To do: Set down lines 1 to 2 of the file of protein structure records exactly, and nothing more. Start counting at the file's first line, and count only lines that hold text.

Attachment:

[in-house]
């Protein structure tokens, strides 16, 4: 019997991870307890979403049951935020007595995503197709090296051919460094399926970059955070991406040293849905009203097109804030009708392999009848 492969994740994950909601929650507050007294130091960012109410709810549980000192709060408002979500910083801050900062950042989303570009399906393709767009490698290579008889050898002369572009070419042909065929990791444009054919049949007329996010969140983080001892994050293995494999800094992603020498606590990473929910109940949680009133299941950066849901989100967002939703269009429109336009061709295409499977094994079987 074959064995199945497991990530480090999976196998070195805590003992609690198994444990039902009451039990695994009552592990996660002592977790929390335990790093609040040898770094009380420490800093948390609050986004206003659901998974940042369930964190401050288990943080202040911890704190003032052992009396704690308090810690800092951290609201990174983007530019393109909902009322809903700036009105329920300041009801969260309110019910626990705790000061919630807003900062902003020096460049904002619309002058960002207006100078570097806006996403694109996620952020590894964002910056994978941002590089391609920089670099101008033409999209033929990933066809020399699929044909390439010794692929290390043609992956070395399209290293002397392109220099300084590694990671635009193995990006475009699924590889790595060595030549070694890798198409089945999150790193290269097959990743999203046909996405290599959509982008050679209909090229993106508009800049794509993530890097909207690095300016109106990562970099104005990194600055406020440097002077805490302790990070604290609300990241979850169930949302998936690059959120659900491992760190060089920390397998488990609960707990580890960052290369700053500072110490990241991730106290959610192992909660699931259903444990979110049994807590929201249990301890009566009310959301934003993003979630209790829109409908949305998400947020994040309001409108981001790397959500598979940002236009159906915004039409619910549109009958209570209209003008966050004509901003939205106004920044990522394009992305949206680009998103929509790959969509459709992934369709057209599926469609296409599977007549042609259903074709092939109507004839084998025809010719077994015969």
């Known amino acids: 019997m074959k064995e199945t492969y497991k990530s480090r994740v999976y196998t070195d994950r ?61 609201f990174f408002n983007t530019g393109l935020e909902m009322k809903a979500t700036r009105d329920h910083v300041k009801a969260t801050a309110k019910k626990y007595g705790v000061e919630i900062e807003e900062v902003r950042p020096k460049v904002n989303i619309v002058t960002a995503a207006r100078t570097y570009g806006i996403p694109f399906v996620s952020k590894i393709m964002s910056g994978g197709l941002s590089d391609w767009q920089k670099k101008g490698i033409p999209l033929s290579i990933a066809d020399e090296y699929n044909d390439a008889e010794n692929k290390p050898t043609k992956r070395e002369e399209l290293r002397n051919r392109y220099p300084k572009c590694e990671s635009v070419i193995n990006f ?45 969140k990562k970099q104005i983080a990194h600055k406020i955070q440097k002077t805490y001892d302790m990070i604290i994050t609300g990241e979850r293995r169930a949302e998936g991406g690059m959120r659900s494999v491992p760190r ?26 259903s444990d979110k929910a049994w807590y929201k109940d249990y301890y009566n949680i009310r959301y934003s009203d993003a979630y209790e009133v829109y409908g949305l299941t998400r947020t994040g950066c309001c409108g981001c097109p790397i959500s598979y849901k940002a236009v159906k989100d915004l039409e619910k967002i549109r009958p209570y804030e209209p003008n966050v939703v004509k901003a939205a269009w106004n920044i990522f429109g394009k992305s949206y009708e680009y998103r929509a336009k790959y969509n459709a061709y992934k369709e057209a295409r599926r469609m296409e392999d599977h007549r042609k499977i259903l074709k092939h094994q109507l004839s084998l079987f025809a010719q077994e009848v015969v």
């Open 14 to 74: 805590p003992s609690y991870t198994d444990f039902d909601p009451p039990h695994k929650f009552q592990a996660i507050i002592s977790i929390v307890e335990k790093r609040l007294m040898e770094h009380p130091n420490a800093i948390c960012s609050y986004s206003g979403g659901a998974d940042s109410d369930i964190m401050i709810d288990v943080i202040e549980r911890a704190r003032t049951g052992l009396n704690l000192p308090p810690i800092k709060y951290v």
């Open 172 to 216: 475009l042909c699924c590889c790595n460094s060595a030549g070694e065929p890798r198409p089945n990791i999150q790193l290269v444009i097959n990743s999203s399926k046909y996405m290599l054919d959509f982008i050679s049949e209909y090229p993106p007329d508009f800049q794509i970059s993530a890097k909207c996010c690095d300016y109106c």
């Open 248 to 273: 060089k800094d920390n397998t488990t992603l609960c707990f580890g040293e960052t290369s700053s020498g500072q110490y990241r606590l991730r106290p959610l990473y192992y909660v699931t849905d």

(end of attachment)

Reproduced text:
[in-house]
């Protein structure tokens, strides 16, 4: 019997991870307890979403049951935020007595995503197709090296051919460094399926970059955070991406040293849905009203097109804030009708392999009848 492969994740994950909601929650507050007294130091960012109410709810549980000192709060408002979500910083801050900062950042989303570009399906393709767009490698290579008889050898002369572009070419042909065929990791444009054919049949007329996010969140983080001892994050293995494999800094992603020498606590990473929910109940949680009133299941950066849901989100967002939703269009429109336009061709295409499977094994079987 074959064995199945497991990530480090999976196998070195805590003992609690198994444990039902009451039990695994009552592990996660002592977790929390335990790093609040040898770094009380420490800093948390609050986004206003659901998974940042369930964190401050288990943080202040911890704190003032052992009396704690308090810690800092951290609201990174983007530019393109909902009322809903700036009105329920300041009801969260309110019910626990705790000061919630807003900062902003020096460049904002619309002058960002207006100078570097806006996403694109996620952020590894964002910056994978941002590089391609920089670099101008033409999209033929990933066809020399699929044909390439010794692929290390043609992956070395399209290293002397392109220099300084590694990671635009193995990006475009699924590889790595060595030549070694890798198409089945999150790193290269097959990743999203046909996405290599959509982008050679209909090229993106508009800049794509993530890097909207690095300016109106990562970099104005990194600055406020440097002077805490302790990070604290609300990241979850169930949302998936690059959120659900491992760190060089920390397998488990609960707990580890960052290369700053500072110490990241991730106290959610192992909660699931259903444990979110049994807590929201249990301890009566009310959301934003993003979630209790829109409908949305998400947020994040309001409108981001790397959500598979940002236009159906915004039409619910549109009958209570209209003008966050004509901003939205106004920044990522394009992305949206680009998103929509790959969509459709992934369709057209599926469609296409599977007549042609259903074709092939109507004839084998025809010719077994015969």